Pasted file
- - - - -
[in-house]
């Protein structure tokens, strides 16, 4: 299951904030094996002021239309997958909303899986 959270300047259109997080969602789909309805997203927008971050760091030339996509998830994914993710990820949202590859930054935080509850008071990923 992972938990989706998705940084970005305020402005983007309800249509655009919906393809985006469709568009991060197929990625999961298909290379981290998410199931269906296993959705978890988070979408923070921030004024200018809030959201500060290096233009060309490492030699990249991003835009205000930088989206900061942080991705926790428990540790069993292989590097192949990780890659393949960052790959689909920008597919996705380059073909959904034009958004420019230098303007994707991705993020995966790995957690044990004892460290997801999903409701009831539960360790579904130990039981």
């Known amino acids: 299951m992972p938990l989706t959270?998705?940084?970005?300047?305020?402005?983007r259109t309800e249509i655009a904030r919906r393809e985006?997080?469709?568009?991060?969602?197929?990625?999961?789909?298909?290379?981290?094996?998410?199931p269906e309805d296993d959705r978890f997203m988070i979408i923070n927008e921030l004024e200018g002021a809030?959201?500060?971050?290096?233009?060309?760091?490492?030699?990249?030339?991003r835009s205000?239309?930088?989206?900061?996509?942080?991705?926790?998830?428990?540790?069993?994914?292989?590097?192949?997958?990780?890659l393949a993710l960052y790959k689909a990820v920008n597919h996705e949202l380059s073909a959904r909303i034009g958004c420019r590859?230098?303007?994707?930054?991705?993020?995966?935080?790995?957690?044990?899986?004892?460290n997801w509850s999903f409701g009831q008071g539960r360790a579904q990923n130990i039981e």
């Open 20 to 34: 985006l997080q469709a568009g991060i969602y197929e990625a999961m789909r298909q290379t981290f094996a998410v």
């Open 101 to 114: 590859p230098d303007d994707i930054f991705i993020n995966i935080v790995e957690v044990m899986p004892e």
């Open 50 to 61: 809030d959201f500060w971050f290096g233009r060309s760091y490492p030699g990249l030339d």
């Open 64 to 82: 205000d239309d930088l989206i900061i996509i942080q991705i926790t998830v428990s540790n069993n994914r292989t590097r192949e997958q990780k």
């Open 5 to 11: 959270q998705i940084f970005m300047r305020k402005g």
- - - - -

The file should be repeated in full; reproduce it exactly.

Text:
[in-house]
């Protein structure tokens, strides 16, 4: 299951904030094996002021239309997958909303899986 959270300047259109997080969602789909309805997203927008971050760091030339996509998830994914993710990820949202590859930054935080509850008071990923 992972938990989706998705940084970005305020402005983007309800249509655009919906393809985006469709568009991060197929990625999961298909290379981290998410199931269906296993959705978890988070979408923070921030004024200018809030959201500060290096233009060309490492030699990249991003835009205000930088989206900061942080991705926790428990540790069993292989590097192949990780890659393949960052790959689909920008597919996705380059073909959904034009958004420019230098303007994707991705993020995966790995957690044990004892460290997801999903409701009831539960360790579904130990039981």
């Known amino acids: 299951m992972p938990l989706t959270?998705?940084?970005?300047?305020?402005?983007r259109t309800e249509i655009a904030r919906r393809e985006?997080?469709?568009?991060?969602?197929?990625?999961?789909?298909?290379?981290?094996?998410?199931p269906e309805d296993d959705r978890f997203m988070i979408i923070n927008e921030l004024e200018g002021a809030?959201?500060?971050?290096?233009?060309?760091?490492?030699?990249?030339?991003r835009s205000?239309?930088?989206?900061?996509?942080?991705?926790?998830?428990?540790?069993?994914?292989?590097?192949?997958?990780?890659l393949a993710l960052y790959k689909a990820v920008n597919h996705e949202l380059s073909a959904r909303i034009g958004c420019r590859?230098?303007?994707?930054?991705?993020?995966?935080?790995?957690?044990?899986?004892?460290n997801w509850s999903f409701g009831q008071g539960r360790a579904q990923n130990i039981e």
């Open 20 to 34: 985006l997080q469709a568009g991060i969602y197929e990625a999961m789909r298909q290379t981290f094996a998410v």
């Open 101 to 114: 590859p230098d303007d994707i930054f991705i993020n995966i935080v790995e957690v044990m899986p004892e």
């Open 50 to 61: 809030d959201f500060w971050f290096g233009r060309s760091y490492p030699g990249l030339d």
């Open 64 to 82: 205000d239309d930088l989206i900061i996509i942080q991705i926790t998830v428990s540790n069993n994914r292989t590097r192949e997958q990780k």
């Open 5 to 11: 959270q998705i940084f970005m300047r305020k402005g």